The positive experience with the videos produced by our Bau-ABC colleagues suggests that we could have a second look at the workshop results to harvest conclusions for our forthcoming field workshops – and to document them with videos  (eventually using AchSo!). However, it is not merely the experiences with individual workshops that we want to bring forward. In the exchanges with the parallel pilots we came to think of the potentials of the Bits & Pieces tool (with the timeliner) as an instrument for such project-internal exchanges. Here, indeed, we can put our own design teams into the position of application partners and to reflect, how to use LL tools to facilitate sharing of knowledge and experiences across complex pilot activities. This, surely will help us to find further pilot contexts for the respective tools.

I think this is enough about second thoughts after Espoo. In the meantime Gilbert Peffer has published a series of blogs on the Exploitation Launchpad Workshop in the Design Conference, worth having a closer look.

More blogs to come …

 

After the LL Design Conference – Part 2: Talks on Activity Theory and Change Laboratory processes

March 19th, 2015 by Pekka Kamarainen

In my previous post I have reported on the Year 3 Design Conference of the Learning Layers (LL) project that took place in Espoo, Finland last week. Immediately after the Design conference I had a chance to discuss with researcher Marianne Teräs (University of Helsinki) on her work with Change Laboratory processes. For me this discussion is part of the follow-up of the Theory Camp of the LL project – Reviewing Activity Theory and the related methodologies of intervention research (of which the Change Laboratory has become most famous). I had approached Marianne because her work had focused on healthcare sector and vocational education of nurses (which are both relevant to the LL project as a field of piloting and as context for potential spin-off initiatives. Below I try to summarise the main issues of our discussion and my impressions and conclusions.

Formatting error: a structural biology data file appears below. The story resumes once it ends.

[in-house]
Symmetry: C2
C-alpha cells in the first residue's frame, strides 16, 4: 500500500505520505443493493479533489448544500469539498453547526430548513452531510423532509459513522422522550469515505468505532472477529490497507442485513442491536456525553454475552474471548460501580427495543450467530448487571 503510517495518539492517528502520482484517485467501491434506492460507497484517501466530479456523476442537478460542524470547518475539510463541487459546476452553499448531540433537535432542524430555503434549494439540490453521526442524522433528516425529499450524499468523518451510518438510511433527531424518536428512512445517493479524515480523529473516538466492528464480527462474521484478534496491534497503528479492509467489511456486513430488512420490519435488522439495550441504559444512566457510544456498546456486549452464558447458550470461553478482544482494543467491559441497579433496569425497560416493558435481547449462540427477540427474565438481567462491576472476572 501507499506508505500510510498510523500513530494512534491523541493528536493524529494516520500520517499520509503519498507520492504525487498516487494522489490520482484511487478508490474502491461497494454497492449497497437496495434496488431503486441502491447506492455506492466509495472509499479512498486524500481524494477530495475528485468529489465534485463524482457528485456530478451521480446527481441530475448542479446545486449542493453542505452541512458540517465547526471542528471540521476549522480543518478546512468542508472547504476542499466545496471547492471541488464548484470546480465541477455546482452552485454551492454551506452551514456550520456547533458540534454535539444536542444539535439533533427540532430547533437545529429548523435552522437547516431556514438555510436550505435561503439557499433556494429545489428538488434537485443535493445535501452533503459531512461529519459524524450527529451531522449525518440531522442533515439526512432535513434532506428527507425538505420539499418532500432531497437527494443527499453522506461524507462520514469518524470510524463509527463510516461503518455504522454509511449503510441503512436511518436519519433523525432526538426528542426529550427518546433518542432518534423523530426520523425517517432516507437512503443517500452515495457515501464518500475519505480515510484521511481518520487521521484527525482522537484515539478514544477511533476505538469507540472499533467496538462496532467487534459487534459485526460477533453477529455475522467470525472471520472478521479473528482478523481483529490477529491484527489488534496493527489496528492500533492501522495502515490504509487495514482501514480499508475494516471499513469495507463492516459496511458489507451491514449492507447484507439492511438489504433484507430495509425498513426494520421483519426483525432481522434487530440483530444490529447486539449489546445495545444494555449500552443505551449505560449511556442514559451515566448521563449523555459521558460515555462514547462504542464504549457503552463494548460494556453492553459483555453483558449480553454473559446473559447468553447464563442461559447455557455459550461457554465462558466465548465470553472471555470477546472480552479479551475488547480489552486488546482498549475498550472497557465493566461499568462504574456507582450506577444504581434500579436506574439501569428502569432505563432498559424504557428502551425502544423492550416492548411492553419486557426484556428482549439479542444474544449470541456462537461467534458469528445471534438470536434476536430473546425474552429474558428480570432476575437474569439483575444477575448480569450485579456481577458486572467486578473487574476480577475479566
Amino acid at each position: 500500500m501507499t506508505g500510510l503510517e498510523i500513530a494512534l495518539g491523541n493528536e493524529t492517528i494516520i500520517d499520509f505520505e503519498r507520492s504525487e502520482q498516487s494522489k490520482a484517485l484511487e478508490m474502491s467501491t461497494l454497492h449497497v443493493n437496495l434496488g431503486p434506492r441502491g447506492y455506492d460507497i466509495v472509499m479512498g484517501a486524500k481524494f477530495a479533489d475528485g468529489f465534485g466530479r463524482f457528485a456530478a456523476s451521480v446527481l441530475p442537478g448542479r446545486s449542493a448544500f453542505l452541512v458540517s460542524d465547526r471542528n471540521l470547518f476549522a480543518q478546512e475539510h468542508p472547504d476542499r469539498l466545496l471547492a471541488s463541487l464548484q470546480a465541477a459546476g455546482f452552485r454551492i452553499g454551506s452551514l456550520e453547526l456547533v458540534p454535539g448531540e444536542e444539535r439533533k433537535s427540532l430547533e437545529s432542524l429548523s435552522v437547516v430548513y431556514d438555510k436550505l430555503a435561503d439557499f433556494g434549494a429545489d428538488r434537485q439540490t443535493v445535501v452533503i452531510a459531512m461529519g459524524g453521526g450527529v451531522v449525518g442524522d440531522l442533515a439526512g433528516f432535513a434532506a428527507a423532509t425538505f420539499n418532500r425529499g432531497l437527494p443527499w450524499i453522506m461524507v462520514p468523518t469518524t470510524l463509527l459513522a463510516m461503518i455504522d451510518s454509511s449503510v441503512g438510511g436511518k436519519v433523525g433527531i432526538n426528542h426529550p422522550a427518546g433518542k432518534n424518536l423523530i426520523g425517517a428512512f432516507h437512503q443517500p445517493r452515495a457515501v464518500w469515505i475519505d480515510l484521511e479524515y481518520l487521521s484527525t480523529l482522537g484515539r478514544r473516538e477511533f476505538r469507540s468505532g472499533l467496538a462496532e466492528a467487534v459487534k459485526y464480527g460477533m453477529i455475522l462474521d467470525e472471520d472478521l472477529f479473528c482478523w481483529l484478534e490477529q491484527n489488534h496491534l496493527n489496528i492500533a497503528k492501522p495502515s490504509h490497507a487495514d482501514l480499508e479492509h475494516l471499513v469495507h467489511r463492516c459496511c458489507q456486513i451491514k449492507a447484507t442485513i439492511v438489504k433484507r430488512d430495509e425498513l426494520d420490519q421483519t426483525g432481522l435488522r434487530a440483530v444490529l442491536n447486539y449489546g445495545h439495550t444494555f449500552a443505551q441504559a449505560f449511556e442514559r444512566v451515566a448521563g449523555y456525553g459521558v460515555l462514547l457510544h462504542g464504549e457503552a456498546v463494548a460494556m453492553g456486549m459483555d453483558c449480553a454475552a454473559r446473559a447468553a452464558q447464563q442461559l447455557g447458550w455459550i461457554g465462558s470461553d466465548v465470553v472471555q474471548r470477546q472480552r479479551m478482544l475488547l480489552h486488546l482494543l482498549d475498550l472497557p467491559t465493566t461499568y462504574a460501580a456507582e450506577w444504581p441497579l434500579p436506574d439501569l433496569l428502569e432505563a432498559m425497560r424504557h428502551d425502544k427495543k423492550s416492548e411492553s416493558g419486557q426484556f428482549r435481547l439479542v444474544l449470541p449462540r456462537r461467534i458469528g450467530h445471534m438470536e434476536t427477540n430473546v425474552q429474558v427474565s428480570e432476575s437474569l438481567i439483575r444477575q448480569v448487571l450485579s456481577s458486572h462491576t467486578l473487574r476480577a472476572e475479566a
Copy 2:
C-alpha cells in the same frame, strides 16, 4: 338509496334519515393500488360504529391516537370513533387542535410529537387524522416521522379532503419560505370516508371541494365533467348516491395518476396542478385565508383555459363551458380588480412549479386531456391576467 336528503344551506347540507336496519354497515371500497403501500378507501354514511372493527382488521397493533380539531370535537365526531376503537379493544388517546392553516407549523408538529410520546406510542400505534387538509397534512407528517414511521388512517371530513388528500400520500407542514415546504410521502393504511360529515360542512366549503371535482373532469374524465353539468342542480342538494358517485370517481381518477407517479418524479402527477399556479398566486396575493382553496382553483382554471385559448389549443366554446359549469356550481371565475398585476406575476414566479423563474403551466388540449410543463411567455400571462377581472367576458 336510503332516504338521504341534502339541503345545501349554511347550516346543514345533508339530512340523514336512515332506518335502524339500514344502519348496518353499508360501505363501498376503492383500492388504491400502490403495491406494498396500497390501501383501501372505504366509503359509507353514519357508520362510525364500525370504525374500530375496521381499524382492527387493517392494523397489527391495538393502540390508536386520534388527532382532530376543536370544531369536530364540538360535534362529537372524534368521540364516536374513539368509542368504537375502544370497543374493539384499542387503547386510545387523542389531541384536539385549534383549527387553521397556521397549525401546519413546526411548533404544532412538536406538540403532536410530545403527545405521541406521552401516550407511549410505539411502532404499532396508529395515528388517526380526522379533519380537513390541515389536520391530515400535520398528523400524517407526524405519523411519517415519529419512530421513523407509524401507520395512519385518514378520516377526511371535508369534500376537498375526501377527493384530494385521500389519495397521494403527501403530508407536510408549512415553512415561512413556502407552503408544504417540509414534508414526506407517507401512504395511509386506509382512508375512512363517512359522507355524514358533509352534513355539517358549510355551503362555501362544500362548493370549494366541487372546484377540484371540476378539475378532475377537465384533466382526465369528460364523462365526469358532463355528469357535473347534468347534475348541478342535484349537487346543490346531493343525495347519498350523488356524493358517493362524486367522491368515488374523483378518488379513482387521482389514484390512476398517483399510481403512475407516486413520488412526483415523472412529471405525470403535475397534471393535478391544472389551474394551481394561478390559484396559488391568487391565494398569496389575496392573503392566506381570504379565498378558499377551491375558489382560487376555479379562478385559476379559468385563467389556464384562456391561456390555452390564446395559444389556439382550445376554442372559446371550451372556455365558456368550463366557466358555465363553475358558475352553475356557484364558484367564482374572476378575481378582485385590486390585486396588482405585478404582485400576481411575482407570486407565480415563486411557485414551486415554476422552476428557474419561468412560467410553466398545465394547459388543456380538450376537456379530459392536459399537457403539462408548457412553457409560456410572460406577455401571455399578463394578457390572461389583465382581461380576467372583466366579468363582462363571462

1. Change from practitioner to intervention researcher

Firstly we discussed the development of Marianne’s career from trained nurse (with occupational background) and the transitions to vocational teacher and teacher educator (working in a vocational college for healthcare). From this background she was one of the teachers/teacher educators who were involved in a pilot project to develop a pre-vocational education scheme for migrant youngsters who wanted to be trained for healthcare occupations. Since the project team in the college had encountered several problems they were looking for a structured process to work through the challenges and issues. From this point of view they volunteered as a  counterpart for the research group of Yrjö Engeström to work with a Change Laboratory process (at that time called Culture Laboratory). During this project (that started in 2001) Marianne was contracted as an intervention researcher whilst a colleague of hers worked as project manager on behalf of the college. When the project was over, she returned to her job as a vocational teacher educator. However, after some time another project was started to develop models of integrative vocational education of learners with migrant background within ordinary vocational education programs. In this phase Marianne took over the role of project manager on behalf of the intervention researchers (supported by other members of the research team and participating teachers). After this latter project she has continued her career as researcher in other projects.

2. Whose initiatives, whose innovations